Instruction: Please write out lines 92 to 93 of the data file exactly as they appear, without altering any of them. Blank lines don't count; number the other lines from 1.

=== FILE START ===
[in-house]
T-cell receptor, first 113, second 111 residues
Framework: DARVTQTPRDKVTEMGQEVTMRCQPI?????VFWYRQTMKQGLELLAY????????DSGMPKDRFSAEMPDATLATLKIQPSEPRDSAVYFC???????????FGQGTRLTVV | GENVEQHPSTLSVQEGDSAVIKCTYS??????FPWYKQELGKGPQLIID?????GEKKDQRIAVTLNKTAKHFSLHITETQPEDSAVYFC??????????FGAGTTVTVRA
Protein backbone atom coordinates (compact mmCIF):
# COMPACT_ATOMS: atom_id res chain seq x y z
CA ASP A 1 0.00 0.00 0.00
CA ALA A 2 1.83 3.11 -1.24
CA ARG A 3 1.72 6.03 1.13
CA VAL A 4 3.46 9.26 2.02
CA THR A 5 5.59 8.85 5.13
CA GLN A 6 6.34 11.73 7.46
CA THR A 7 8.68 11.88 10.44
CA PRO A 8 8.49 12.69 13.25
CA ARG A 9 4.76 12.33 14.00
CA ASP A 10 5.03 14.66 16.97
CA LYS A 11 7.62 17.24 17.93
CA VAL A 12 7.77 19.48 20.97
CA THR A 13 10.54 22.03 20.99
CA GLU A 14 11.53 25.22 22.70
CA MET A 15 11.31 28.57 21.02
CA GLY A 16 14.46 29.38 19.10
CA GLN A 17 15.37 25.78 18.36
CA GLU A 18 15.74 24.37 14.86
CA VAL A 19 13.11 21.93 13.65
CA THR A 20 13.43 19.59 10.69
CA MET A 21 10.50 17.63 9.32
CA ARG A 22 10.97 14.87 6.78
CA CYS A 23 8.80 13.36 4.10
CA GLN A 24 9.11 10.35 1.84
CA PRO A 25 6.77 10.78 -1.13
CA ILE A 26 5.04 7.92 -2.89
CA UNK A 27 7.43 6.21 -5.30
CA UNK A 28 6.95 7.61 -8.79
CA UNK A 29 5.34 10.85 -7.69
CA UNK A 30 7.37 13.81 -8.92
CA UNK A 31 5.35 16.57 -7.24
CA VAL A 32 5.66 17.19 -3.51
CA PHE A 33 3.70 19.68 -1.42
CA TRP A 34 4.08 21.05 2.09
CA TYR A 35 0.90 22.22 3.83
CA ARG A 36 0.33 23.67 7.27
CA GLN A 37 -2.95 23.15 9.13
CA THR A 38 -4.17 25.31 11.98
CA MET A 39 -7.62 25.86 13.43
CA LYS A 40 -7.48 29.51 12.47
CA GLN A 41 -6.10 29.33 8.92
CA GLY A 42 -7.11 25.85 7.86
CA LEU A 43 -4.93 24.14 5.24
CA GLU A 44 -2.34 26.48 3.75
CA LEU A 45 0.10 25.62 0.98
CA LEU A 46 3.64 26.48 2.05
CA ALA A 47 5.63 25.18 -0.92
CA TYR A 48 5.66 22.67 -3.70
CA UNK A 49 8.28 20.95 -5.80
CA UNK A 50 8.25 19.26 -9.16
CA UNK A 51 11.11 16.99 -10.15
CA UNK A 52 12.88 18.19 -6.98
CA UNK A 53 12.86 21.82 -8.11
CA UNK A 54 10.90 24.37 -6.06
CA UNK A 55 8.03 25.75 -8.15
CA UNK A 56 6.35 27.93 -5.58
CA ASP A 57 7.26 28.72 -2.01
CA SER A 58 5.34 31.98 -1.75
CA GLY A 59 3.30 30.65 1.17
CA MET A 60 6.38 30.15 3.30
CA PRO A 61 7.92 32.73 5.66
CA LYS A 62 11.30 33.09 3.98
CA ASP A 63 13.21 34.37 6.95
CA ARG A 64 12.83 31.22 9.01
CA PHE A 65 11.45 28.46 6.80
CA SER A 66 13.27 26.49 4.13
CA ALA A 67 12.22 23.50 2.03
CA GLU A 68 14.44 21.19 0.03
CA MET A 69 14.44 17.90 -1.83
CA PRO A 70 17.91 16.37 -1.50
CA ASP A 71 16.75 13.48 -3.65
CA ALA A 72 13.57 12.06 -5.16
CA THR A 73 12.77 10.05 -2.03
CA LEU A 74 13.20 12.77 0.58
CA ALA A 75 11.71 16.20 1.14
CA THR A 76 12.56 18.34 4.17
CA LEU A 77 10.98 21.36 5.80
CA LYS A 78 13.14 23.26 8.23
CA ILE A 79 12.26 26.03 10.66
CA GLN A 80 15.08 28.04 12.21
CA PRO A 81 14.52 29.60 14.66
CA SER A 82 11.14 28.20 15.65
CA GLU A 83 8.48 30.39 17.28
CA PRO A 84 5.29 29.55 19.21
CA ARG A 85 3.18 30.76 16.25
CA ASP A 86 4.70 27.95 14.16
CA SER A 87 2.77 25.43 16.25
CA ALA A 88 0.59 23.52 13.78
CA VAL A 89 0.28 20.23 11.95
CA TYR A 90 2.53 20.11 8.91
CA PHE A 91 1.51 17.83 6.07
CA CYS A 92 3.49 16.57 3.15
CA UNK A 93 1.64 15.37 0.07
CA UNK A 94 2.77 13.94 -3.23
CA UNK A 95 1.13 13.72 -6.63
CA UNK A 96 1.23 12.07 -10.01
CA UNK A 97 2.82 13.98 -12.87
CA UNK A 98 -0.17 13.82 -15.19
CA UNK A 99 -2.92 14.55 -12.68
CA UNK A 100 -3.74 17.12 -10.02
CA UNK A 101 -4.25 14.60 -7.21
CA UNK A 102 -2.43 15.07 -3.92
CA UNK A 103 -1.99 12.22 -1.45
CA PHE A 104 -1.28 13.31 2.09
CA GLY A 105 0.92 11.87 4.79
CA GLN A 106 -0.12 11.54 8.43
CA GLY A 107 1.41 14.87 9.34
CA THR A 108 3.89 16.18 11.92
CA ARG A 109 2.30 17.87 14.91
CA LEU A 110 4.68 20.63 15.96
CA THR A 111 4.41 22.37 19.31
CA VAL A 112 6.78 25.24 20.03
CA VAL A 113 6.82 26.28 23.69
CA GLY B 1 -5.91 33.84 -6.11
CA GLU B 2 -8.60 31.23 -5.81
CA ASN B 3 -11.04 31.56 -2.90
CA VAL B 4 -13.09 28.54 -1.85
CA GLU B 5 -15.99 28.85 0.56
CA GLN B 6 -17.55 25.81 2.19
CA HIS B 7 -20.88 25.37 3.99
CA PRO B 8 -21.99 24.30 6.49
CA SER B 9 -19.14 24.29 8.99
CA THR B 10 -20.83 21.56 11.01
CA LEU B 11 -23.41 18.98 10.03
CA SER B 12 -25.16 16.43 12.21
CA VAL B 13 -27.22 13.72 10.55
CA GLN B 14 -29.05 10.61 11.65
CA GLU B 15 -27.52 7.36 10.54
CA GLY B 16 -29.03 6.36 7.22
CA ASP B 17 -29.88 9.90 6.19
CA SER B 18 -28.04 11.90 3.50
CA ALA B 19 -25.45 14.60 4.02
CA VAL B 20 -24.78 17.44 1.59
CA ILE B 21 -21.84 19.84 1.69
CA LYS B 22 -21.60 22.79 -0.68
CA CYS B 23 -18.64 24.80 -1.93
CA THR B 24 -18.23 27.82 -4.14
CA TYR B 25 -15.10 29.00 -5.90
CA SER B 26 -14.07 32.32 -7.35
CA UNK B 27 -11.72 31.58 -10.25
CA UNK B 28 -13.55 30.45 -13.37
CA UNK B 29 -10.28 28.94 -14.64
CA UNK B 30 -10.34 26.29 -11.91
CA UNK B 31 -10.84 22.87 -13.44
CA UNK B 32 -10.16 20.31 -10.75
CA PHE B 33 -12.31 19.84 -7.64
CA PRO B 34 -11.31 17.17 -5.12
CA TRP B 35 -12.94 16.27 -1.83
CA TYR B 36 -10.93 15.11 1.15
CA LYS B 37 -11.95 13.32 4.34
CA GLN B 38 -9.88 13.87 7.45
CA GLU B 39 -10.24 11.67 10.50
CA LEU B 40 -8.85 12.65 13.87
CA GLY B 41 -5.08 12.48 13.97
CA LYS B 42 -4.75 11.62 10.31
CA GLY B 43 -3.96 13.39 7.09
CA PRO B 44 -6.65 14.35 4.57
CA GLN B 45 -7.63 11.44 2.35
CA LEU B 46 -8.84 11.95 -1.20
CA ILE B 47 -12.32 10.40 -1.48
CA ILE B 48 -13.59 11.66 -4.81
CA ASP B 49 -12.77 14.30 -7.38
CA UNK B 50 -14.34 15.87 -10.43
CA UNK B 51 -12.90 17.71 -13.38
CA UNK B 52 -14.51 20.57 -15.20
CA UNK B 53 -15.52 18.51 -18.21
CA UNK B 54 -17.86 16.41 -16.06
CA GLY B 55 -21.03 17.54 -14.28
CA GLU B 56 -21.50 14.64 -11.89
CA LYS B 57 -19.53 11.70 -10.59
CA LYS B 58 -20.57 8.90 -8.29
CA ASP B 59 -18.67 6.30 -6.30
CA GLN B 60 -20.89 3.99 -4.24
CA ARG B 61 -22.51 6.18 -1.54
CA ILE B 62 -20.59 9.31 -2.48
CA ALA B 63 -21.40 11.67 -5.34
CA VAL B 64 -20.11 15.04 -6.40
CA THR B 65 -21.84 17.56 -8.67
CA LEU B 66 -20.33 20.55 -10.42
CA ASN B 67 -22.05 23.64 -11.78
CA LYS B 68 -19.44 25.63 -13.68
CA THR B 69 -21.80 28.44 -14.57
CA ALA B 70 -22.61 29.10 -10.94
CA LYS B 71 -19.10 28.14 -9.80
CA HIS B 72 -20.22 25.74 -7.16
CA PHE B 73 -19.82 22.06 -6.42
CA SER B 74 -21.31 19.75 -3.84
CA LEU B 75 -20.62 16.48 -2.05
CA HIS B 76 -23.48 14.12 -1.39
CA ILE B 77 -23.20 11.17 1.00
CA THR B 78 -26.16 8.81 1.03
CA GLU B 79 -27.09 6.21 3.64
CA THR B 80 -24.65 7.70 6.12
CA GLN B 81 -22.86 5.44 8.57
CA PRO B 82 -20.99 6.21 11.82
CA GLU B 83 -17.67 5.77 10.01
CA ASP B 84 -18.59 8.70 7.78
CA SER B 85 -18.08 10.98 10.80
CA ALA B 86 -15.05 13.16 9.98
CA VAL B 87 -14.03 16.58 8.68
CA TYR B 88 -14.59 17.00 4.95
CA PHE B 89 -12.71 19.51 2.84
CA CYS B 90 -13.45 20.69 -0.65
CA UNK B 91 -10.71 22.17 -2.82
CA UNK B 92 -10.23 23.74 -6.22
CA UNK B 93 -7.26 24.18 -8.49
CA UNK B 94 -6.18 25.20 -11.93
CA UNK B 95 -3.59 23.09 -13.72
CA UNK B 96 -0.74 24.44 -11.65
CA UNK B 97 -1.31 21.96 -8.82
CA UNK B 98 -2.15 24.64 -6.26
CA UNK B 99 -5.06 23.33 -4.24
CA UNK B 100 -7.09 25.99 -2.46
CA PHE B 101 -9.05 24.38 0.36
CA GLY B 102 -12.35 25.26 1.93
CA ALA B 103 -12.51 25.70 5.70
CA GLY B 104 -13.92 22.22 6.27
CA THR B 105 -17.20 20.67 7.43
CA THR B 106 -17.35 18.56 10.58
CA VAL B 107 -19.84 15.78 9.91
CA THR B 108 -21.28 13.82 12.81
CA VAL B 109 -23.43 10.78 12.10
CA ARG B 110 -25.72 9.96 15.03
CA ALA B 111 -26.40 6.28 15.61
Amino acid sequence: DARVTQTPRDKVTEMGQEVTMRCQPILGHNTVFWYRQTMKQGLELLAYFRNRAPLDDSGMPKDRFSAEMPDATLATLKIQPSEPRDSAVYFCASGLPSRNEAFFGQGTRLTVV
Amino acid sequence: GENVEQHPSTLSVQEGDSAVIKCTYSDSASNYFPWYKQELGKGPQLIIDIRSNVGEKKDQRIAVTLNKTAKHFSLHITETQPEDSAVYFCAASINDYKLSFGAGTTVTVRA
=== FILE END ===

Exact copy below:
CA SER A 87 2.77 25.43 16.25
CA ALA A 88 0.59 23.52 13.78